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Don’t take us back to the 18th century



Many years ago I went to visit my grandmother, and let myself into the house to find her bouncing off the walls, having a conversation with her long-dead father, singing a selection of hits from My Fair Lady in a Cockney accent (surprising, given that she was from Leeds) and depositing small quantities of pee in every corner of every room.

Luckily I had some cephalexin in the back of the car, and 12 hours after forcing a tablet down her throat (in between lines from ‘Wouldn’t It Be Loverly?’) she had sobered up, showered herself and was watching the cricket with me. Later she was in such fine fettle that we drove to Morrisons to buy frozen prawns, cakes and stout as usual.

This is a modern miracle. There are two wonderful advances in modern medicine; antibiotics and vaccines. Without them, we GPs would not be all that far from our 18th- century colleagues’ position of only being able to offer placebos, laudanum, bark, quinine, the blue pill and the black pill, leeches and a slime bolus (whatever that was). OK, to be fair, we are still big on offering placebos.

But now, apparently, we are no longer supposed to prescribe antibiotics. Never mind that more than half the antibiotics in the world are poured down the necks of poultry and cattle to make them bigger, more quickly. Never mind that these drugs are available over the counter across most of Europe to anyone with a scratchy throat and five euros to spare. Never mind that the French, the Greeks and the Americans have an antibiotic ingestion rate thrice that of the UK population. We, the GPs of Great Britain, are apparently responsible for all the woes of antibiotic resistance, and must be forced to change.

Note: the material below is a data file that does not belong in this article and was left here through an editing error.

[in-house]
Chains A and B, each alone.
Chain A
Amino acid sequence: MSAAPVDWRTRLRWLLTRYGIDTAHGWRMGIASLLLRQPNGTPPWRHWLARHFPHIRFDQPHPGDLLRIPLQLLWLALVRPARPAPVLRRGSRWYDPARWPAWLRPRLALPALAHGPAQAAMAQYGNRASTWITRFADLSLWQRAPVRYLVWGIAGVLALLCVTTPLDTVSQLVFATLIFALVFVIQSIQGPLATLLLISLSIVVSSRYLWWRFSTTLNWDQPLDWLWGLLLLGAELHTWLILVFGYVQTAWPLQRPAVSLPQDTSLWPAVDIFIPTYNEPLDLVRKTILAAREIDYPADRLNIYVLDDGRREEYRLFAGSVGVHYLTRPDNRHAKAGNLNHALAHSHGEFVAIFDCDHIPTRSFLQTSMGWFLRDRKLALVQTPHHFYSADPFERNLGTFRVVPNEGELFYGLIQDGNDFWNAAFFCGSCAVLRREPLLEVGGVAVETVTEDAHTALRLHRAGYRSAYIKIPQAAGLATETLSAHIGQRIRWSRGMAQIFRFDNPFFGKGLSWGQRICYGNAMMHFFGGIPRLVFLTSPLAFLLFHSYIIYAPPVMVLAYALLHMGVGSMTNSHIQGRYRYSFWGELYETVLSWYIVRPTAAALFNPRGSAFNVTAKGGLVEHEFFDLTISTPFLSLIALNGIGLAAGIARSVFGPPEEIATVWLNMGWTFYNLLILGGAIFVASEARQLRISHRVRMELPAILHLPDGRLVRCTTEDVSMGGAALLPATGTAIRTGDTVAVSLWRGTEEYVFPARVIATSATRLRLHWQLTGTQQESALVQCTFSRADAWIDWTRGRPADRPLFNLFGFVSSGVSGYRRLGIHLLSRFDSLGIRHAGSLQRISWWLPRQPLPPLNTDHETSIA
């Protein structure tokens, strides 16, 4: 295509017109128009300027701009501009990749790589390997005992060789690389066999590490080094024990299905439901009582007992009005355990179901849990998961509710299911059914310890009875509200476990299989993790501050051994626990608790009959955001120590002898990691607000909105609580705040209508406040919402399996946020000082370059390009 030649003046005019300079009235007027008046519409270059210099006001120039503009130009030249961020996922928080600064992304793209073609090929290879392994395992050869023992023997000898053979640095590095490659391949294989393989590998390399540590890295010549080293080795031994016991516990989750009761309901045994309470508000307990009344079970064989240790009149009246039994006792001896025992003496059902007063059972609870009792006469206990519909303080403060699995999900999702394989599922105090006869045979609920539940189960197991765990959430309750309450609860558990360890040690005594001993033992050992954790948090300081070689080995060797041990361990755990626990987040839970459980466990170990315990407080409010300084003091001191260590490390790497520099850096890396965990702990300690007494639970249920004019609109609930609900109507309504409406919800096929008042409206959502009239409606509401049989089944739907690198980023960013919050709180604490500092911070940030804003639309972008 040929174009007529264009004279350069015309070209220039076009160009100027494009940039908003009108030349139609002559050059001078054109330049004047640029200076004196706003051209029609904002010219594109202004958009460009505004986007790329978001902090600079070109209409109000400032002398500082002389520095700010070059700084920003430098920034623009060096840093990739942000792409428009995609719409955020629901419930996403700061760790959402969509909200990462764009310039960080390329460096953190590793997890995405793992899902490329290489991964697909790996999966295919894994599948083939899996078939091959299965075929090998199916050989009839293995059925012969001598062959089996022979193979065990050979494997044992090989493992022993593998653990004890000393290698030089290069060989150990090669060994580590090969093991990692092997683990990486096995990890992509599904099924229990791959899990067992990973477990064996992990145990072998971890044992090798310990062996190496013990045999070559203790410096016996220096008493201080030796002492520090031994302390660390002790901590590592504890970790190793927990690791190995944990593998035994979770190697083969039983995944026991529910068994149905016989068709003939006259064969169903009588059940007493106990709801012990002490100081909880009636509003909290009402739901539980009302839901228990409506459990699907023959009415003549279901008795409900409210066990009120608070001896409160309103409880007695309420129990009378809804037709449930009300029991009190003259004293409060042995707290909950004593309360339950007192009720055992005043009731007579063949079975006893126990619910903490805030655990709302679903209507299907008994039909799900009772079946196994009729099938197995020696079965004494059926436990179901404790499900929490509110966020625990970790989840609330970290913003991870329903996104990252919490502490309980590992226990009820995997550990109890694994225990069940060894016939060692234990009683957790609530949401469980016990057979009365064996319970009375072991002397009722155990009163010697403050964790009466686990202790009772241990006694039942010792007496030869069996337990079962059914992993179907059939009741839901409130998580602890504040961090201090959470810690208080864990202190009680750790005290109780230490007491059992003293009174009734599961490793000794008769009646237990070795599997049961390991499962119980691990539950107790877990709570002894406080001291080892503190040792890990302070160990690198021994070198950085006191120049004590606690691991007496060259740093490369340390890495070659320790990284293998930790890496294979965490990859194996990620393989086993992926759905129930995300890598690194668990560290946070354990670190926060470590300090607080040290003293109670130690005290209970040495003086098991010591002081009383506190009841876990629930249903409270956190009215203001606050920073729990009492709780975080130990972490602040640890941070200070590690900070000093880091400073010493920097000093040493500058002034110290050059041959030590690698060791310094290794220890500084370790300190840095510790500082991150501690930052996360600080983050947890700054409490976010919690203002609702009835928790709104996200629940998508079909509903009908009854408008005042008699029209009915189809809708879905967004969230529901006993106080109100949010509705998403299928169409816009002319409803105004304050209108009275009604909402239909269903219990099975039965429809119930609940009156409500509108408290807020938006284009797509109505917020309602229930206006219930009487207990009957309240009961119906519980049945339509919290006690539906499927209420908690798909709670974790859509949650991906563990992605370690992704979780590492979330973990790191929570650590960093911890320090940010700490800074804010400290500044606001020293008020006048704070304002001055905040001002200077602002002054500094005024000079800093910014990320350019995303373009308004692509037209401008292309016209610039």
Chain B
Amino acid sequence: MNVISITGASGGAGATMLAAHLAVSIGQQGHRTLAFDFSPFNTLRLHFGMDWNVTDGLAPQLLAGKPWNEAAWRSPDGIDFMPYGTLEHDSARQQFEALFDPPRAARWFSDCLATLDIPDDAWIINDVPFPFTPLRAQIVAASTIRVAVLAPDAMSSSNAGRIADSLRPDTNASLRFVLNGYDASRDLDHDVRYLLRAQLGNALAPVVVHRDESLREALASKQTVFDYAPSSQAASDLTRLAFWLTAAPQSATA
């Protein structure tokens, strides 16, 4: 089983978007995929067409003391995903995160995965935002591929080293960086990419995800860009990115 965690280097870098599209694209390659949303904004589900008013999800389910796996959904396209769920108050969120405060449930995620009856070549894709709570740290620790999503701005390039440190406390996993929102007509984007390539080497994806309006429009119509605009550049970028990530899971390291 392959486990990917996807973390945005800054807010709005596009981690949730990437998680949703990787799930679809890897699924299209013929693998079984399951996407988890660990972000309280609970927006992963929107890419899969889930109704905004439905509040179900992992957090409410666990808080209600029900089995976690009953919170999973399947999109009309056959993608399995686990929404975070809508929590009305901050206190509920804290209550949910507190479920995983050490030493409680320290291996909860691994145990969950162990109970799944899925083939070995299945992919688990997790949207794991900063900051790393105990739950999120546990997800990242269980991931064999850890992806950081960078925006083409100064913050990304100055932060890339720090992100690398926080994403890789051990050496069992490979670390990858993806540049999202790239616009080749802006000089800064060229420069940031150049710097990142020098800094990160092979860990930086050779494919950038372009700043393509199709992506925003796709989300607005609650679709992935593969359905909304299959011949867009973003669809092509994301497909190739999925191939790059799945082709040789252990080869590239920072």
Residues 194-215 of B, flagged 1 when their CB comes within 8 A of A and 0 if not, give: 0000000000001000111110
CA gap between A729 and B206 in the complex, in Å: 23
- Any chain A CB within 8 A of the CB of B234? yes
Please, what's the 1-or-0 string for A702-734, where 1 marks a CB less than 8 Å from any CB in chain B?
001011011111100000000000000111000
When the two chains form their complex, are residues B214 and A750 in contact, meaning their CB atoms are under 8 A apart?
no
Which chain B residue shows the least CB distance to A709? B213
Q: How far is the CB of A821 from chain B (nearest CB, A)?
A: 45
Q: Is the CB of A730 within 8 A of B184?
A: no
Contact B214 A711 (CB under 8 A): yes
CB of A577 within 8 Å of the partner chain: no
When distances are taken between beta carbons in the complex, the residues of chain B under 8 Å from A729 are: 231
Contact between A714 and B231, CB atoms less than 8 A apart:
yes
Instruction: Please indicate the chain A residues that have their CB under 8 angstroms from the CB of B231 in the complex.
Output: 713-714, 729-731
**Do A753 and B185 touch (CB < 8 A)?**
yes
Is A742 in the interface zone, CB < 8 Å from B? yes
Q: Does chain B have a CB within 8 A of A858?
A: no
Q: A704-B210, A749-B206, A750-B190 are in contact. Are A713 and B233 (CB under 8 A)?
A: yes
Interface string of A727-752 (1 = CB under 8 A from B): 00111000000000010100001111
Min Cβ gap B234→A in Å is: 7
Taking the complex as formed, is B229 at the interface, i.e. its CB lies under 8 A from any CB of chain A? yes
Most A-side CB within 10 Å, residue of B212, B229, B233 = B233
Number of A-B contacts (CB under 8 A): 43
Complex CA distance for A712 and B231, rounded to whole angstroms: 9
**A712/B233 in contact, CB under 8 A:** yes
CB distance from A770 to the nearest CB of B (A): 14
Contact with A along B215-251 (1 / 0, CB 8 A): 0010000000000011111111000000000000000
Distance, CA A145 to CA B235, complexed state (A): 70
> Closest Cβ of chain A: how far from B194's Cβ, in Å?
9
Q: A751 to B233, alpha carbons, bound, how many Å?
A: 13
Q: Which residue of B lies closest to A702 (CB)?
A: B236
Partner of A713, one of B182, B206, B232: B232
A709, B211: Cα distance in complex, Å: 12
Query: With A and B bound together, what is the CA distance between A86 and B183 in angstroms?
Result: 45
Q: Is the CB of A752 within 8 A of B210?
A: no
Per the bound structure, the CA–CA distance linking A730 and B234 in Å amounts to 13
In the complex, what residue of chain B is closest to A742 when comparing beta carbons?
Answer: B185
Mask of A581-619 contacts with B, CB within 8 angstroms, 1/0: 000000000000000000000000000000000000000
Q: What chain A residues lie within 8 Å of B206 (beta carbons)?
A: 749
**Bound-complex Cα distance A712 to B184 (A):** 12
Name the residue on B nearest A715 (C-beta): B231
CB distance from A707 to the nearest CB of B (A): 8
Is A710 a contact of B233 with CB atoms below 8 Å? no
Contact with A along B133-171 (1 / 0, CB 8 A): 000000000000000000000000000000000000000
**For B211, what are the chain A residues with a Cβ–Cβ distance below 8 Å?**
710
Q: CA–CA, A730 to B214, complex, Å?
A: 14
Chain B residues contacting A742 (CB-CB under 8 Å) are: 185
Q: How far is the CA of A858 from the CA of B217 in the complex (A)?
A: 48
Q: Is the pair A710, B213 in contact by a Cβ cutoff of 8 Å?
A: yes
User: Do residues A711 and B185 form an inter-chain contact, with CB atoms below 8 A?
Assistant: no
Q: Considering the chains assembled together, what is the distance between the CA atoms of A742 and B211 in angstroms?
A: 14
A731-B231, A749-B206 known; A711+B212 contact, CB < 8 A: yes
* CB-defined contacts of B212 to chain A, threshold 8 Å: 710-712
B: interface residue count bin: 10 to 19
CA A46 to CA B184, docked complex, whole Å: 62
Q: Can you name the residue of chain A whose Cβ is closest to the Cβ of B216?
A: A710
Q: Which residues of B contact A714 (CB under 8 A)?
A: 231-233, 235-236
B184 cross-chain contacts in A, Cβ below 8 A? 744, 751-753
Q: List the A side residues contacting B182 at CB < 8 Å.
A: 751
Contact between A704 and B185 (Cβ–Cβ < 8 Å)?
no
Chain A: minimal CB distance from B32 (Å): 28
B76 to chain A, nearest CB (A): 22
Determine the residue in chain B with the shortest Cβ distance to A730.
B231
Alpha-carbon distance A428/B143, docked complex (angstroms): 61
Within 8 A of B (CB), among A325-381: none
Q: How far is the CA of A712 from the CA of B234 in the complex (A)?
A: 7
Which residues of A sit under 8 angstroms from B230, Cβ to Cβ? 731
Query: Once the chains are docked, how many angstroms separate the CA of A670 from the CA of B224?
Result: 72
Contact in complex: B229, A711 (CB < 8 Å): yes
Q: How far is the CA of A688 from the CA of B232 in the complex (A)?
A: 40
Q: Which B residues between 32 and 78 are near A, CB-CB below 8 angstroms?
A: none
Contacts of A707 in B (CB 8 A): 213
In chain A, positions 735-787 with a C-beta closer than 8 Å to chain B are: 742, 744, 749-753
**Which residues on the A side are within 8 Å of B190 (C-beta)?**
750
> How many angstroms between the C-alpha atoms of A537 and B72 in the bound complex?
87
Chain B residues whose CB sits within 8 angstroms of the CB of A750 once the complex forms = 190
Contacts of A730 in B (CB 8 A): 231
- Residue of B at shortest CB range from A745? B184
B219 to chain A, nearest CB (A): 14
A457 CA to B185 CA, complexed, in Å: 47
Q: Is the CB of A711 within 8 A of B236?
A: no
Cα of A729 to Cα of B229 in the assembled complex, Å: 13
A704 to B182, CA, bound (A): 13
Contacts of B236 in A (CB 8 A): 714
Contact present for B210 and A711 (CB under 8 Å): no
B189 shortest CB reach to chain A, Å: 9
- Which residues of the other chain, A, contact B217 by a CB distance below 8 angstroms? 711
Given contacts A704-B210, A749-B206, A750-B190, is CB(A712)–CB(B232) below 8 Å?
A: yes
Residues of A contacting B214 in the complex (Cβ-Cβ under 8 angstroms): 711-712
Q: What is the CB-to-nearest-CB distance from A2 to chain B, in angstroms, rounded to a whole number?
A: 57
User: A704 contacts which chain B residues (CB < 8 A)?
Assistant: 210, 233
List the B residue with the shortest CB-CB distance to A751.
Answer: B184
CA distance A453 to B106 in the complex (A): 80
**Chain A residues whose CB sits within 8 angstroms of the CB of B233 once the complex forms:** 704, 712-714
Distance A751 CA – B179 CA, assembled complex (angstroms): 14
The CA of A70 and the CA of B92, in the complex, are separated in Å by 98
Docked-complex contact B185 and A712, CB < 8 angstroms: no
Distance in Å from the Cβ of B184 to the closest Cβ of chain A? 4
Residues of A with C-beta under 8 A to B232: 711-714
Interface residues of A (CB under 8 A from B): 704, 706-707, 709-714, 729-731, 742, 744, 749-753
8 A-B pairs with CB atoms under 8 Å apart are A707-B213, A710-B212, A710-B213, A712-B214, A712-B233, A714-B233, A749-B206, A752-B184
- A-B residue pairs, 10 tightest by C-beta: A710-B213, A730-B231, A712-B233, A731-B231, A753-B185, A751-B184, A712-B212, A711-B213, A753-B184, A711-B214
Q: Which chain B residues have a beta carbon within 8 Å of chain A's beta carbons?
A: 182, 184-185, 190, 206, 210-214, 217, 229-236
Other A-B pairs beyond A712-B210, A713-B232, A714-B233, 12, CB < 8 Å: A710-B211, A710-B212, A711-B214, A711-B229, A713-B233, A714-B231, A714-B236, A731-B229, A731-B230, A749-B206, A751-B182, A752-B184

I feel like Jaime Lannister in Game Of Thrones, just after Vargo Hoat cut his right hand off. Along with the immediate agony comes the instant realisation that life is going to be a hell of a lot more difficult from now on.

Incorrigible recidivist that I am, I have continued to prescribe antibiotics this last week, where I thought it appropriate. But I have also been asking patients what they thought about my reckless foolishness. Most of those I asked were aware that antibiotics are suddenly irresponsible and dangerous, but all expressed an opinion identical to my stance on public transport (yes, it’s a wonderful thing for other people… but you’re not getting me out of my car!) ‘Yes, doctor, you shouldn’t be prescribing antibiotics non-stop… but my ear really hurts!’

Technology is the answer to many of the world’s ills. No new antibiotics have been developed for decades, and the reason is obvious. Drug companies are interested in developing drugs patients will take for decades on end – statins, for example. A drug taken for five days at the most does not hold the same commercial attraction. Fix that problem and we have solved the antibiotic resistance problem.

But in the meantime, don’t blame GPs for using the best tools we have to hand.

Dr Phil Peverley is a GP in Sunderland.